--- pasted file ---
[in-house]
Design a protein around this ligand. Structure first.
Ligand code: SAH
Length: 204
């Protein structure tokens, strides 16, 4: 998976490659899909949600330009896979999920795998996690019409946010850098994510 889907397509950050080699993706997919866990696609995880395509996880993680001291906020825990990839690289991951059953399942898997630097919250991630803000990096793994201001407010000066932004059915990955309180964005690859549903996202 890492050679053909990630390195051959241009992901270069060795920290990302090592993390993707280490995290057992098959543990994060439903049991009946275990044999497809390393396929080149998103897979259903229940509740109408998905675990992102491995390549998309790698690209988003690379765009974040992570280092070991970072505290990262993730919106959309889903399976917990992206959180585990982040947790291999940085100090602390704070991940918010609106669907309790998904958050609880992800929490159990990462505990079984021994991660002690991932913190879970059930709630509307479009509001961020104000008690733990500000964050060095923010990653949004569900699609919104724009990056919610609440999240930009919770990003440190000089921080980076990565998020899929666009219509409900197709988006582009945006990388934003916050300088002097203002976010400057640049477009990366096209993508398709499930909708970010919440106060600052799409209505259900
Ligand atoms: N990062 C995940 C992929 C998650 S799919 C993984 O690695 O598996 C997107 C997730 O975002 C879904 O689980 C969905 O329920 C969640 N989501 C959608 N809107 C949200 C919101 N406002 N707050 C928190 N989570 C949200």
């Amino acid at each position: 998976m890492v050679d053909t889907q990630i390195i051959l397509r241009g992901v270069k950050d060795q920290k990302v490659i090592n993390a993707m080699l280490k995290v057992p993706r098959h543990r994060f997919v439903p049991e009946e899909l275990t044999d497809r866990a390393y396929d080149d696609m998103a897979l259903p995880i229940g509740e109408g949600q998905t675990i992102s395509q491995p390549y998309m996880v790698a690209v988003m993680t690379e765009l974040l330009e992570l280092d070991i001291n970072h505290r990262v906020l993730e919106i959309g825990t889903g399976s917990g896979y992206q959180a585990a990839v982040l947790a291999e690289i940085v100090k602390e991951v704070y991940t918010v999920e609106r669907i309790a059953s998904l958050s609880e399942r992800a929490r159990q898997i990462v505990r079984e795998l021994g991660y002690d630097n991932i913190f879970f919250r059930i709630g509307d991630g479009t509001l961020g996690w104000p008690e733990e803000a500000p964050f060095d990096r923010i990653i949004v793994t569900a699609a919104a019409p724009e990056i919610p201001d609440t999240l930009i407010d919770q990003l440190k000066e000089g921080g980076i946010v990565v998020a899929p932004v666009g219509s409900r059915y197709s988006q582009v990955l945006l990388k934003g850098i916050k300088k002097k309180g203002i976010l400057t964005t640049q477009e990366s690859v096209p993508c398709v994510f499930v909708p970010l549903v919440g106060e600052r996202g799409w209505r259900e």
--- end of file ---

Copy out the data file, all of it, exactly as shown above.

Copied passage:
[in-house]
Design a protein around this ligand. Structure first.
Ligand code: SAH
Length: 204
């Protein structure tokens, strides 16, 4: 998976490659899909949600330009896979999920795998996690019409946010850098994510 889907397509950050080699993706997919866990696609995880395509996880993680001291906020825990990839690289991951059953399942898997630097919250991630803000990096793994201001407010000066932004059915990955309180964005690859549903996202 890492050679053909990630390195051959241009992901270069060795920290990302090592993390993707280490995290057992098959543990994060439903049991009946275990044999497809390393396929080149998103897979259903229940509740109408998905675990992102491995390549998309790698690209988003690379765009974040992570280092070991970072505290990262993730919106959309889903399976917990992206959180585990982040947790291999940085100090602390704070991940918010609106669907309790998904958050609880992800929490159990990462505990079984021994991660002690991932913190879970059930709630509307479009509001961020104000008690733990500000964050060095923010990653949004569900699609919104724009990056919610609440999240930009919770990003440190000089921080980076990565998020899929666009219509409900197709988006582009945006990388934003916050300088002097203002976010400057640049477009990366096209993508398709499930909708970010919440106060600052799409209505259900
Ligand atoms: N990062 C995940 C992929 C998650 S799919 C993984 O690695 O598996 C997107 C997730 O975002 C879904 O689980 C969905 O329920 C969640 N989501 C959608 N809107 C949200 C919101 N406002 N707050 C928190 N989570 C949200």
């Amino acid at each position: 998976m890492v050679d053909t889907q990630i390195i051959l397509r241009g992901v270069k950050d060795q920290k990302v490659i090592n993390a993707m080699l280490k995290v057992p993706r098959h543990r994060f997919v439903p049991e009946e899909l275990t044999d497809r866990a390393y396929d080149d696609m998103a897979l259903p995880i229940g509740e109408g949600q998905t675990i992102s395509q491995p390549y998309m996880v790698a690209v988003m993680t690379e765009l974040l330009e992570l280092d070991i001291n970072h505290r990262v906020l993730e919106i959309g825990t889903g399976s917990g896979y992206q959180a585990a990839v982040l947790a291999e690289i940085v100090k602390e991951v704070y991940t918010v999920e609106r669907i309790a059953s998904l958050s609880e399942r992800a929490r159990q898997i990462v505990r079984e795998l021994g991660y002690d630097n991932i913190f879970f919250r059930i709630g509307d991630g479009t509001l961020g996690w104000p008690e733990e803000a500000p964050f060095d990096r923010i990653i949004v793994t569900a699609a919104a019409p724009e990056i919610p201001d609440t999240l930009i407010d919770q990003l440190k000066e000089g921080g980076i946010v990565v998020a899929p932004v666009g219509s409900r059915y197709s988006q582009v990955l945006l990388k934003g850098i916050k300088k002097k309180g203002i976010l400057t964005t640049q477009e990366s690859v096209p993508c398709v994510f499930v909708p970010l549903v919440g106060e600052r996202g799409w209505r259900e």